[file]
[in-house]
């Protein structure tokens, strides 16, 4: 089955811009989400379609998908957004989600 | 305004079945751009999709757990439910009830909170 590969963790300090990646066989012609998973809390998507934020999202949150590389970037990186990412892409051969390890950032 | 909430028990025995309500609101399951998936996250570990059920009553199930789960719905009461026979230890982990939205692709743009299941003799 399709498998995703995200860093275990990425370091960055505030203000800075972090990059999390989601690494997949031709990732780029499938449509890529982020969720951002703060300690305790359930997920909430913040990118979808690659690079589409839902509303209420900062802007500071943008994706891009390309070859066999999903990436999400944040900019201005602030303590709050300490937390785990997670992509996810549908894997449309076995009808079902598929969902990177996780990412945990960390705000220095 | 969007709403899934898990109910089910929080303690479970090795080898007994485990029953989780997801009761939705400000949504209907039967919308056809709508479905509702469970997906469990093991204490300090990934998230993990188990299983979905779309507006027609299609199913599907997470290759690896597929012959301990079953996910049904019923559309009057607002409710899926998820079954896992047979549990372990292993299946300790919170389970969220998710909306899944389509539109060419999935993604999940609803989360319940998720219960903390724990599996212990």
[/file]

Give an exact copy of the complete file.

[in-house]
């Protein structure tokens, strides 16, 4: 089955811009989400379609998908957004989600 | 305004079945751009999709757990439910009830909170 590969963790300090990646066989012609998973809390998507934020999202949150590389970037990186990412892409051969390890950032 | 909430028990025995309500609101399951998936996250570990059920009553199930789960719905009461026979230890982990939205692709743009299941003799 399709498998995703995200860093275990990425370091960055505030203000800075972090990059999390989601690494997949031709990732780029499938449509890529982020969720951002703060300690305790359930997920909430913040990118979808690659690079589409839902509303209420900062802007500071943008994706891009390309070859066999999903990436999400944040900019201005602030303590709050300490937390785990997670992509996810549908894997449309076995009808079902598929969902990177996780990412945990960390705000220095 | 969007709403899934898990109910089910929080303690479970090795080898007994485990029953989780997801009761939705400000949504209907039967919308056809709508479905509702469970997906469990093991204490300090990934998230993990188990299983979905779309507006027609299609199913599907997470290759690896597929012959301990079953996910049904019923559309009057607002409710899926998820079954896992047979549990372990292993299946300790919170389970969220998710909306899944389509539109060419999935993604999940609803989360319940998720219960903390724990599996212990």